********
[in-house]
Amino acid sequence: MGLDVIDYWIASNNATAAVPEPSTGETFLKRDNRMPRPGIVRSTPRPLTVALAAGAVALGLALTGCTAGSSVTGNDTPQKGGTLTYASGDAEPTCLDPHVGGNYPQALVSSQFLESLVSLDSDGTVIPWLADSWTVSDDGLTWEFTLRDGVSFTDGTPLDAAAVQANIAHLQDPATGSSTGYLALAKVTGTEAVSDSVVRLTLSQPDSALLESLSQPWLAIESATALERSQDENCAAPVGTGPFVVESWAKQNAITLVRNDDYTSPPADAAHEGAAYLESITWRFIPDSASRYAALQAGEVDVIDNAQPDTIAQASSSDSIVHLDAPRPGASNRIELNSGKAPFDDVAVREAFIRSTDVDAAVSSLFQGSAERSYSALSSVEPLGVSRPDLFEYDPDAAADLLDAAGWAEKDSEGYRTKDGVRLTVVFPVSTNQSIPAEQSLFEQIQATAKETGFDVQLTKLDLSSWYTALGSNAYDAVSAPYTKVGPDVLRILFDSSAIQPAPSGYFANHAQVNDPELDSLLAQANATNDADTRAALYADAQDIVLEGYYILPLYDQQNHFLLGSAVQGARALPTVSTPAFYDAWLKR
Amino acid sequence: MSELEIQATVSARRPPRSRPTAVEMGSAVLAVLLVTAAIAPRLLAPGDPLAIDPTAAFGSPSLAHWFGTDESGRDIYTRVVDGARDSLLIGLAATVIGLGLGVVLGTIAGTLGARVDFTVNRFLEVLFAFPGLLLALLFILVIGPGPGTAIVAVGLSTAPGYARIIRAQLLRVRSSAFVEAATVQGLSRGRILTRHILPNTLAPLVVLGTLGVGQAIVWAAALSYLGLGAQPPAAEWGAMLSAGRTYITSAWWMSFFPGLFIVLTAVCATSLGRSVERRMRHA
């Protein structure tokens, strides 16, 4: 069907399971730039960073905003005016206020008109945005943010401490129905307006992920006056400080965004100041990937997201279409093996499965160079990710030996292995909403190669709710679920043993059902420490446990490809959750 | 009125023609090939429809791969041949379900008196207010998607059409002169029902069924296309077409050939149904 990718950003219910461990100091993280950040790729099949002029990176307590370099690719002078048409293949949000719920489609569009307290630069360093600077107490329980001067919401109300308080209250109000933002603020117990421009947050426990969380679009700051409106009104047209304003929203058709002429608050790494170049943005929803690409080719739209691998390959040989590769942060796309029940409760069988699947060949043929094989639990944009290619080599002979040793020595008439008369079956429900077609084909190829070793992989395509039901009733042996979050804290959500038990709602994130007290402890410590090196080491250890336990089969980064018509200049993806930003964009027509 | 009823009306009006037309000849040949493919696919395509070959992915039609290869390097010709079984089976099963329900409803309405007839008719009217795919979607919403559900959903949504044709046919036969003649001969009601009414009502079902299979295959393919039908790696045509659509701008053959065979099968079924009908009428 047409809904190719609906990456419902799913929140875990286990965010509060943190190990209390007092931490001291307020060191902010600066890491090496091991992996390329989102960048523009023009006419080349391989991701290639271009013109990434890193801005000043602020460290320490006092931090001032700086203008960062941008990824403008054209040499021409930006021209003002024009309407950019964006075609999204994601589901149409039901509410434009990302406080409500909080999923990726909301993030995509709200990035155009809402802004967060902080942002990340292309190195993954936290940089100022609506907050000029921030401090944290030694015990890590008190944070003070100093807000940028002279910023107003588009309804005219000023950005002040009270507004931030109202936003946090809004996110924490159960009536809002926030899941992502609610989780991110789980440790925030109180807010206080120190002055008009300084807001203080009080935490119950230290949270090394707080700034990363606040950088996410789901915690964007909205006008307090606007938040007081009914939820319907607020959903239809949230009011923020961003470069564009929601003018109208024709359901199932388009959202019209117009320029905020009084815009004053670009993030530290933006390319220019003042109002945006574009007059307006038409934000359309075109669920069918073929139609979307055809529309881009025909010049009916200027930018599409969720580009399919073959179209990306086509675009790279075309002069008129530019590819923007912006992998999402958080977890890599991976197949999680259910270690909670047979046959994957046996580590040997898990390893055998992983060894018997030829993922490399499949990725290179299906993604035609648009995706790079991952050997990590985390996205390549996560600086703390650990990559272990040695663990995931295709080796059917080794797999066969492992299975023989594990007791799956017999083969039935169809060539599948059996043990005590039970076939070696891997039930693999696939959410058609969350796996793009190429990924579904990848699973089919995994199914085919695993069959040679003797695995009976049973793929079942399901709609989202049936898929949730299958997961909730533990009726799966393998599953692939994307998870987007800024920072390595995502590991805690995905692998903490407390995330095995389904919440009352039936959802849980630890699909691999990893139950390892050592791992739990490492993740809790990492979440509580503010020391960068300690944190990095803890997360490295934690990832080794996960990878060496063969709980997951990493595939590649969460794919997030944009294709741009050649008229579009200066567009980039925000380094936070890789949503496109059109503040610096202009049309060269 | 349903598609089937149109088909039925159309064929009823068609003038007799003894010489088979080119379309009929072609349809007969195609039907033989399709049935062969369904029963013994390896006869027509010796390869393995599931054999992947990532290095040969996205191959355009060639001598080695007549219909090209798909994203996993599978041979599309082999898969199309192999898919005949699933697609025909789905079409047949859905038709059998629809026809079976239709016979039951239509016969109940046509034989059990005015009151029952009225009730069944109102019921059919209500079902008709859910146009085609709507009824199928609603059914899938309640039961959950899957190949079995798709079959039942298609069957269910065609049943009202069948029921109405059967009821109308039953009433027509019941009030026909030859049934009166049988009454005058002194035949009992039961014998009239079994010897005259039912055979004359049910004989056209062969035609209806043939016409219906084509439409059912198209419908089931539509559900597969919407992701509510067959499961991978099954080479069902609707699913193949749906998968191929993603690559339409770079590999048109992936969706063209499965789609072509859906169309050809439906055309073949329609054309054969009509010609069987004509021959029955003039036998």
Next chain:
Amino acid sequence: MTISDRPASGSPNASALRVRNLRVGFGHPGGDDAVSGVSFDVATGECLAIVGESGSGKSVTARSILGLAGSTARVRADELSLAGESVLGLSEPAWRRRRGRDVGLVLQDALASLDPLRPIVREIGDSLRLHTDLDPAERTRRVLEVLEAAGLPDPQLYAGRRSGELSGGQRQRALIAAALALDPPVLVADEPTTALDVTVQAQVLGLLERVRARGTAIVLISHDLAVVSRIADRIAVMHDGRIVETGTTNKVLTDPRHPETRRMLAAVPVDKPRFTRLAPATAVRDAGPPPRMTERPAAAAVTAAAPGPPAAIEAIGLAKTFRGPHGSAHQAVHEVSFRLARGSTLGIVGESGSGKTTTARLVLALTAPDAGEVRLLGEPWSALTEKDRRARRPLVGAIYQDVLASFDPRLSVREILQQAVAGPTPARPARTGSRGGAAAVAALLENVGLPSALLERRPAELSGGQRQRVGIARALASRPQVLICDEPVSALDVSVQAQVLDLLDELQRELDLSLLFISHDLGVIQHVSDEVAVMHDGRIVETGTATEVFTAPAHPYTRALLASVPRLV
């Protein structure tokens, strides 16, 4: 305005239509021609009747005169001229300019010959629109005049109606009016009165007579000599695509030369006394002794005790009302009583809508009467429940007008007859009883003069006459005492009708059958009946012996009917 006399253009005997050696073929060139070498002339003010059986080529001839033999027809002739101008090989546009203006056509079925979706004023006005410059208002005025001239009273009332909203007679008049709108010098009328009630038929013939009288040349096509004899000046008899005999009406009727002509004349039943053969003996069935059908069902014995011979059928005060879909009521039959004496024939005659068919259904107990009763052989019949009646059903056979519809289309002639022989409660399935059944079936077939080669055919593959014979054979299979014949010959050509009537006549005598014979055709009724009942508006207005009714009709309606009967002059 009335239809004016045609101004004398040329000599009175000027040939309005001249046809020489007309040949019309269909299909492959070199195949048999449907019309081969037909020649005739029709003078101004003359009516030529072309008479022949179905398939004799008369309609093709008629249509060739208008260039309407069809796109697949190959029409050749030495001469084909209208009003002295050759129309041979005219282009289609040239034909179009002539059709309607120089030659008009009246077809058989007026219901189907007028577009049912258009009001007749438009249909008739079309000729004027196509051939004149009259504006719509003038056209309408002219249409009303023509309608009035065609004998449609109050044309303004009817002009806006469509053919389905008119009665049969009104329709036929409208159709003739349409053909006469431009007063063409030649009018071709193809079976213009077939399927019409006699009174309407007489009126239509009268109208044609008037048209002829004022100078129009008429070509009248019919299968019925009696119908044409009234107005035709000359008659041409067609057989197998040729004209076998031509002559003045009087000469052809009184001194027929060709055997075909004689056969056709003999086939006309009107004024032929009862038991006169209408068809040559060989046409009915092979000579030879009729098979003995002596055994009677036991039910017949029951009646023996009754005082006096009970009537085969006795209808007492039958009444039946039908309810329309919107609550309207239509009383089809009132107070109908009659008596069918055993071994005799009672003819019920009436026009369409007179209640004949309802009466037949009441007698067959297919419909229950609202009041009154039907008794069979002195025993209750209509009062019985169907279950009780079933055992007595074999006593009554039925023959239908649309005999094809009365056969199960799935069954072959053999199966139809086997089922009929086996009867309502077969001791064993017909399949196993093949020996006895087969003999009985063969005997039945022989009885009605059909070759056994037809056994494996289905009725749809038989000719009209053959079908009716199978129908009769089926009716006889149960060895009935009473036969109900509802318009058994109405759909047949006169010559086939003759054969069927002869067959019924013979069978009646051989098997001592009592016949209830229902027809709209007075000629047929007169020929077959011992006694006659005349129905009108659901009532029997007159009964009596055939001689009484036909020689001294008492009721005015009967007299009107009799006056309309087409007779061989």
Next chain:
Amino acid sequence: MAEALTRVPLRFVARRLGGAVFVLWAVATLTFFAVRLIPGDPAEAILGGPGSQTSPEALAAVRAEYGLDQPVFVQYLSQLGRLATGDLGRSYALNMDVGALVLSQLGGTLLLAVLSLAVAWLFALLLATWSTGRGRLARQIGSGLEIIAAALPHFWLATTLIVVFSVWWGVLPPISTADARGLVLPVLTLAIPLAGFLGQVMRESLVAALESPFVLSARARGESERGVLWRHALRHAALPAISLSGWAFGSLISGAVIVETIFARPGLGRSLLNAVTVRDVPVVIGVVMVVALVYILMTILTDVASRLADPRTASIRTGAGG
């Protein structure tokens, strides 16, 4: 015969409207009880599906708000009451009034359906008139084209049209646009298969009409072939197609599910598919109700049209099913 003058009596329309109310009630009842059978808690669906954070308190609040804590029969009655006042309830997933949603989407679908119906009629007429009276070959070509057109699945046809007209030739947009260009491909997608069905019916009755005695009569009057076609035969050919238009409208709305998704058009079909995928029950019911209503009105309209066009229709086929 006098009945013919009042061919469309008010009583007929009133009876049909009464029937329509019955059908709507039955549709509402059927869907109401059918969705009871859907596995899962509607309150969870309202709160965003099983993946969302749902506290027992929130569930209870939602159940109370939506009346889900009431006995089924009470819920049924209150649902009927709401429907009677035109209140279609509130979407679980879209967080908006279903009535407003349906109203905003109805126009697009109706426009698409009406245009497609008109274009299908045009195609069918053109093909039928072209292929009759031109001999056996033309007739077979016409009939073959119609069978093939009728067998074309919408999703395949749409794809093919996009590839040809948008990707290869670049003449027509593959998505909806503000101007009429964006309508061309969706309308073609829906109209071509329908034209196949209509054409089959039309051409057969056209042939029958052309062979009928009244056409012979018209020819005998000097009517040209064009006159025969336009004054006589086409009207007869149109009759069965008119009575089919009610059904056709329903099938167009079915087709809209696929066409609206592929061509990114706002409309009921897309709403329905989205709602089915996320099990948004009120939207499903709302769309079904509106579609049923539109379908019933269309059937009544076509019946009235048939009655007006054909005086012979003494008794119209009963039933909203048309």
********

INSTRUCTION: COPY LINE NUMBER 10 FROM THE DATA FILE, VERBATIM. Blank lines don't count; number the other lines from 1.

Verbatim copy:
């Protein structure tokens, strides 16, 4: 015969409207009880599906708000009451009034359906008139084209049209646009298969009409072939197609599910598919109700049209099913 003058009596329309109310009630009842059978808690669906954070308190609040804590029969009655006042309830997933949603989407679908119906009629007429009276070959070509057109699945046809007209030739947009260009491909997608069905019916009755005695009569009057076609035969050919238009409208709305998704058009079909995928029950019911209503009105309209066009229709086929 006098009945013919009042061919469309008010009583007929009133009876049909009464029937329509019955059908709507039955549709509402059927869907109401059918969705009871859907596995899962509607309150969870309202709160965003099983993946969302749902506290027992929130569930209870939602159940109370939506009346889900009431006995089924009470819920049924209150649902009927709401429907009677035109209140279609509130979407679980879209967080908006279903009535407003349906109203905003109805126009697009109706426009698409009406245009497609008109274009299908045009195609069918053109093909039928072209292929009759031109001999056996033309007739077979016409009939073959119609069978093939009728067998074309919408999703395949749409794809093919996009590839040809948008990707290869670049003449027509593959998505909806503000101007009429964006309508061309969706309308073609829906109209071509329908034209196949209509054409089959039309051409057969056209042939029958052309062979009928009244056409012979018209020819005998000097009517040209064009006159025969336009004054006589086409009207007869149109009759069965008119009575089919009610059904056709329903099938167009079915087709809209696929066409609206592929061509990114706002409309009921897309709403329905989205709602089915996320099990948004009120939207499903709302769309079904509106579609049923539109379908019933269309059937009544076509019946009235048939009655007006054909005086012979003494008794119209009963039933909203048309």